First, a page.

One of my favorite original cultivars, this cross of D. affinis "Uningi Pans, Zambia" x spatulata "white flower" develops spectacular spreading rosettes that can push nearly 5" in diameter on the ends of short to moderate length stems, composed of semi-erect elongate paddle-shaped leaves whose lamina are uniquely folded down their middle and the petioles have a slight covering of silver hairs. Plants may develop with bright green petioles and crimson lamina, or fully poppy-red blushed throughout depending on light, and once settled may produce long,wiry stalks bearing small sterile pink flowers. This is a spectacular stand-alone plant, but it will also occasionally produce plantlets from its roots to form colonies.

D. capillaris 'Emerald's Envy' -$10

This cultivar bucks the common species name of "pink sundew," with rosettes averaging 1-1.5" in diameter with semi-erect to flat, paddle=shaped leaves that even in the strongest light are evergreen, only the tentacles developing a rich pink to red color. Self-pollinating, small white flowers are produced regularly on narrow stalks, and both this seed production and proclivity to divide means this cultivar readily develops dense sticky colonies over time.

D. sp. Lantau Island x capensis "typical" -$9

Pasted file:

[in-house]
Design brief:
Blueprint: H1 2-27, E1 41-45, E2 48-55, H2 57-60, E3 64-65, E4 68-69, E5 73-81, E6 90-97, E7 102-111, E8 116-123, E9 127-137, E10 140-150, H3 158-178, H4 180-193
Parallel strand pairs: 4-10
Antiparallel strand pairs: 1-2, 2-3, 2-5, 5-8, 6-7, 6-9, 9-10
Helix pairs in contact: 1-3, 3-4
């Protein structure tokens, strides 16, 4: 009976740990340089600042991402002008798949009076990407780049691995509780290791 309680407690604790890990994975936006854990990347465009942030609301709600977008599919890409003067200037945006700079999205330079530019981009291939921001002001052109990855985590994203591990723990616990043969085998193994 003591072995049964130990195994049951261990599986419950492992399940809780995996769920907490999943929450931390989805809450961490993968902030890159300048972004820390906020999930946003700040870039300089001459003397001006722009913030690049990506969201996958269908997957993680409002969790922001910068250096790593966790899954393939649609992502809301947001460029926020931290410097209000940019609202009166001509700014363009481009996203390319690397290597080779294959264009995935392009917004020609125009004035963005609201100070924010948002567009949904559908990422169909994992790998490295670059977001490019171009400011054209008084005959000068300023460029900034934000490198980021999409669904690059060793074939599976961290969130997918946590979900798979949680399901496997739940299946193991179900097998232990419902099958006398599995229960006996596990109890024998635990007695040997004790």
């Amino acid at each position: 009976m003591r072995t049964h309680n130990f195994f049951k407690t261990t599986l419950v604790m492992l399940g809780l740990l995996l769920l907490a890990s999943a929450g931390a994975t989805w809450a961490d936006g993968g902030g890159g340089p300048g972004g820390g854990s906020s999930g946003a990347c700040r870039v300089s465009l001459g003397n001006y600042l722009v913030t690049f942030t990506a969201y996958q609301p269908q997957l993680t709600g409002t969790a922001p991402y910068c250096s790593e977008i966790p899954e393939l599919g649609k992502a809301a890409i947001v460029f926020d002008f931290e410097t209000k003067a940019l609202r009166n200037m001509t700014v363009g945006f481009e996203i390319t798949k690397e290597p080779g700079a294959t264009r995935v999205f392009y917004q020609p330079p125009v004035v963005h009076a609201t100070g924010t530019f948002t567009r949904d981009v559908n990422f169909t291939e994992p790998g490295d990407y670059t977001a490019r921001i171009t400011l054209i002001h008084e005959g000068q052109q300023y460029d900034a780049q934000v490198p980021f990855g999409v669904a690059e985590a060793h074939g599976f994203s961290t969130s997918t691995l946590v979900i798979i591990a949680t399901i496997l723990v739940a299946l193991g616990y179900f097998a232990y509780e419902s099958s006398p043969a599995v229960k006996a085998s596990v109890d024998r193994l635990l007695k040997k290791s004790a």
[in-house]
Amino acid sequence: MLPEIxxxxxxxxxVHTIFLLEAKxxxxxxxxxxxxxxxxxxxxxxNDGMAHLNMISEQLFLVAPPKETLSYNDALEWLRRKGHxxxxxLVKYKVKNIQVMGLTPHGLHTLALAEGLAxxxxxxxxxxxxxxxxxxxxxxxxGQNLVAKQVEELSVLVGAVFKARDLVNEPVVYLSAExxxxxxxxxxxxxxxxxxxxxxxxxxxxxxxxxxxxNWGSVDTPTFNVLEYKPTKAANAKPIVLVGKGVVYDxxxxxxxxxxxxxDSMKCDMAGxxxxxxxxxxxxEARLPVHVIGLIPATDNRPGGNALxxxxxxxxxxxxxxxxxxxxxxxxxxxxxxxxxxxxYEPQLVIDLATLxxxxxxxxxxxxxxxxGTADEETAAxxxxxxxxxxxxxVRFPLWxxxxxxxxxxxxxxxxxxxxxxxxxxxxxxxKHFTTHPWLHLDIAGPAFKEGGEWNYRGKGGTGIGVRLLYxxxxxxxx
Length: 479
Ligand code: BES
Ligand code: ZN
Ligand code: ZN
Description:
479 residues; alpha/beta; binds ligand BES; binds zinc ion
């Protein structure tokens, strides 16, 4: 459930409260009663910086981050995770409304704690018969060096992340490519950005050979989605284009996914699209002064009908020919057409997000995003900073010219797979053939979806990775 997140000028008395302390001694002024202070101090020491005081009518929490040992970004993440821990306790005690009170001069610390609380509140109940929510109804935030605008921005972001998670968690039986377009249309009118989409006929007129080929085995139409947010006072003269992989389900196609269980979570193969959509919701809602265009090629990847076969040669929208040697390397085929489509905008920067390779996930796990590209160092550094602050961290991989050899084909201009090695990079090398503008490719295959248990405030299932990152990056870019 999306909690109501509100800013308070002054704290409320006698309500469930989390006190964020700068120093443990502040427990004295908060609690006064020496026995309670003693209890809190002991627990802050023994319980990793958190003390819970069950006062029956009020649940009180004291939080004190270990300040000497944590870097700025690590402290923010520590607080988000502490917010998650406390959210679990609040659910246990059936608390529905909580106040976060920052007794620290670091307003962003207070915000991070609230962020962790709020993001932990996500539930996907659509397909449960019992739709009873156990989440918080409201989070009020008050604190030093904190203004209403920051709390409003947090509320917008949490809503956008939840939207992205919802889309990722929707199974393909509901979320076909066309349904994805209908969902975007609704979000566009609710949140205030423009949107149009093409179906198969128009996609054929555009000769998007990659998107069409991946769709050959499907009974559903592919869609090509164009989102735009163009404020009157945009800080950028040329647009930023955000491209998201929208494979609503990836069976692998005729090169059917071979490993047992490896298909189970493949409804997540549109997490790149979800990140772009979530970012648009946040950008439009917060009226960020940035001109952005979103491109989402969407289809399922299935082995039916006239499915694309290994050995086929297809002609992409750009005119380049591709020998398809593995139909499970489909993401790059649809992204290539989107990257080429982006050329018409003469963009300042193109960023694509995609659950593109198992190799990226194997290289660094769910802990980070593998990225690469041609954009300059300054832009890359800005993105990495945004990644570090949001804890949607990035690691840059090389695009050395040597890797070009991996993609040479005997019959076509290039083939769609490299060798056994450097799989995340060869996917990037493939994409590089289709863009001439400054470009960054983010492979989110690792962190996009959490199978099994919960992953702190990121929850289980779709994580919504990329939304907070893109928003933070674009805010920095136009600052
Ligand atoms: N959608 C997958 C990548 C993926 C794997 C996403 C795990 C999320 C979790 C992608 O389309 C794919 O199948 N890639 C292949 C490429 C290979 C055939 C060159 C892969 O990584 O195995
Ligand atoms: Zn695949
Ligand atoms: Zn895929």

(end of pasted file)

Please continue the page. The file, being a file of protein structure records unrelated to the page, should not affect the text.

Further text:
One of several versions of this favored Carlton Carnivores hybrid, these plants can get large, more than 4 inches in diameter with rosettes of semi-erect spoon or club-shaped leaves that are often green in the lengthy petiole but nearly always crimson in the lamina or at least with scarlet tentacles, occasionally red throughout. The flower stalks can be huge, nearly 2 feet in length, and bear dozens of large, light pink sterile blooms. This is a fantastic singular display plant, though old leaves and roots occasionally bud plantlets so colonies form over time. Very tolerant of a wide range of conditions.

D. neocaledonica x oblanceolata "Sunset Peak" -$18

Two sought-after species crossed together to create a South-Asian hybrid with a truly unique appearance. Bearing the nearly erect leaves of D. oblanceolata with the hairy petioles and stocky stature of D. neocaledonica, this cross grows up to 2" in diameter and just over an inch tall, with elongate, very slender paddle-shaped leaves bearing petioles and lamina of nearly equal length covered in bristly hairs and colored olive green with crimson tentacles. Rarely, wiry stalks will bear large, very pale pink-peach (almost white) sterile flowers.

D. natalensis x tokaiensis -$6

Some might call me crazy for creating such a cross, but it is a fascinating hybrid. This Carlton Carnivores original cross has rosettes that look very close to D. tokaiensis, but stalks and flowers reminiscent more of natalensis. Rosettes grow to around 1.5" in diameter, with prostrate spoon-shaped leaves composed of semi-pubescent parallel petioles and semi-teardrop shaped lamina. Under strong light they readily color from rich olive green and red tinted to solid crimson with scarlet tentacles. Inflorescences are slender, slightly glandular, and bear small well-spaced blooms with narrow ovular, bright pink petals. As a sterile cross, it will also only spread via cuttings or natural division.